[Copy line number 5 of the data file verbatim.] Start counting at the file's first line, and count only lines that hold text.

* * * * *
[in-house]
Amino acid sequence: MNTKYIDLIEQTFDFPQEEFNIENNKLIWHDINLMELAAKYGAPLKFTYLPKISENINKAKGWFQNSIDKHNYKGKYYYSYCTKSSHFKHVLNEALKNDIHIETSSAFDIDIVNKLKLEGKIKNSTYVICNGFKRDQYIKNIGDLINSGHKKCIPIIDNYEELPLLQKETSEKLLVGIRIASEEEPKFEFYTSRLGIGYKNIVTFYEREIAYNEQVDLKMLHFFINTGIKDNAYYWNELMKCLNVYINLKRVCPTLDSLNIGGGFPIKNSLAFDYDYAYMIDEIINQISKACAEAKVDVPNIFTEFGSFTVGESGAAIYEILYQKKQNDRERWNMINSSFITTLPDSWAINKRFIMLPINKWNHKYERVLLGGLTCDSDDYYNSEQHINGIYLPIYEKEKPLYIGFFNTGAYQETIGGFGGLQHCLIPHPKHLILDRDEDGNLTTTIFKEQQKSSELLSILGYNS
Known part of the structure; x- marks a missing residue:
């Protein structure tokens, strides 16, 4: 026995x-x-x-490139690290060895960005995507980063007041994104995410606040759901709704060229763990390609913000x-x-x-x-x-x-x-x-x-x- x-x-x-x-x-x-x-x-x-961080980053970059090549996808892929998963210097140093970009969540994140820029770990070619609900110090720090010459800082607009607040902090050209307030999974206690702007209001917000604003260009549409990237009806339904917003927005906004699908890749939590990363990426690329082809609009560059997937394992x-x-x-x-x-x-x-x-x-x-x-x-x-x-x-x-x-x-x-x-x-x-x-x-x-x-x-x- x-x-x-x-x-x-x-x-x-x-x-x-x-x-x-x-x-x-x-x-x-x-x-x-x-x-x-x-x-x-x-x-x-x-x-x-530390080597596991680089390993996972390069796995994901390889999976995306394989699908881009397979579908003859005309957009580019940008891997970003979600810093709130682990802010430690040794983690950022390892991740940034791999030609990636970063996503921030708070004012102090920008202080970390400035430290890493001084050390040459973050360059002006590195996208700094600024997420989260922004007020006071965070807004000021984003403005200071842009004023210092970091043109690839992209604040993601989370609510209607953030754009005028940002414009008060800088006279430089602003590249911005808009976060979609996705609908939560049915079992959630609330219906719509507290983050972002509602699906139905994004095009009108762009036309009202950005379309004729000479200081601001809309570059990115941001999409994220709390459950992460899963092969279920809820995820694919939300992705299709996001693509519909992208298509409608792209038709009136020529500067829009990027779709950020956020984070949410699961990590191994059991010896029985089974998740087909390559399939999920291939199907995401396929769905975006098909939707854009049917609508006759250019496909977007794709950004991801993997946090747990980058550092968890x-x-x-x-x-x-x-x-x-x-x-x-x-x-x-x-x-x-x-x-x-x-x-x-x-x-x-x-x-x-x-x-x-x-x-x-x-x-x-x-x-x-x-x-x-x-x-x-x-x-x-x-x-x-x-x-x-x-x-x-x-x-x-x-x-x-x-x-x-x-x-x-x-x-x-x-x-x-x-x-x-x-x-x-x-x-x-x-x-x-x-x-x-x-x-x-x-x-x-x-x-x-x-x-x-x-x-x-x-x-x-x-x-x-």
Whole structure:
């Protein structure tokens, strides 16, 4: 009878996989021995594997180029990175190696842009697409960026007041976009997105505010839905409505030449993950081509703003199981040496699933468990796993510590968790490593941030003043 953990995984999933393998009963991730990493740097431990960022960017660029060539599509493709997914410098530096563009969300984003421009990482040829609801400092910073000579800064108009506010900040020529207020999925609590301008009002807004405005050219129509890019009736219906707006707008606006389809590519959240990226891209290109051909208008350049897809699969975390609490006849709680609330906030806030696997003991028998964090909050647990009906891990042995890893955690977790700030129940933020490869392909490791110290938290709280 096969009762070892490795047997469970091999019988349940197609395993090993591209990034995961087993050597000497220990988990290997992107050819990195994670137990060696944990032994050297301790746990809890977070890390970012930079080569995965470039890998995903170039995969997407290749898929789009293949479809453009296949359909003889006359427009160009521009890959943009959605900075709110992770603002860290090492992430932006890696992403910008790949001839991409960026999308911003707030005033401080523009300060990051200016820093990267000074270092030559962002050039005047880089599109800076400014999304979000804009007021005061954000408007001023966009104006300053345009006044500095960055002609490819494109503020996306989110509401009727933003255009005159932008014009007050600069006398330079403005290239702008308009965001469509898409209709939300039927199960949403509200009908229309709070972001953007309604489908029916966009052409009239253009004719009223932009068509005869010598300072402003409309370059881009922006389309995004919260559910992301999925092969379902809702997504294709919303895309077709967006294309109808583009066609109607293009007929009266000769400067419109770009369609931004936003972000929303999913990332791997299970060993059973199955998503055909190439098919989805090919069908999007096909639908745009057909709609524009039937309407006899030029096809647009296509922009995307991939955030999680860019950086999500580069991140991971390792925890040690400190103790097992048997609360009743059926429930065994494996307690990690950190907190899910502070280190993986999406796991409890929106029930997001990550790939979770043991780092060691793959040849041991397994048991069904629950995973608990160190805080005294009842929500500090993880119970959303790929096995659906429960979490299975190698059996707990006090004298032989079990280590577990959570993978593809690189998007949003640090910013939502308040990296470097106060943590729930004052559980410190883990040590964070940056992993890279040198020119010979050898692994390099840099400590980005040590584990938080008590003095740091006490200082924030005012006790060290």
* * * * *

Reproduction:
Whole structure: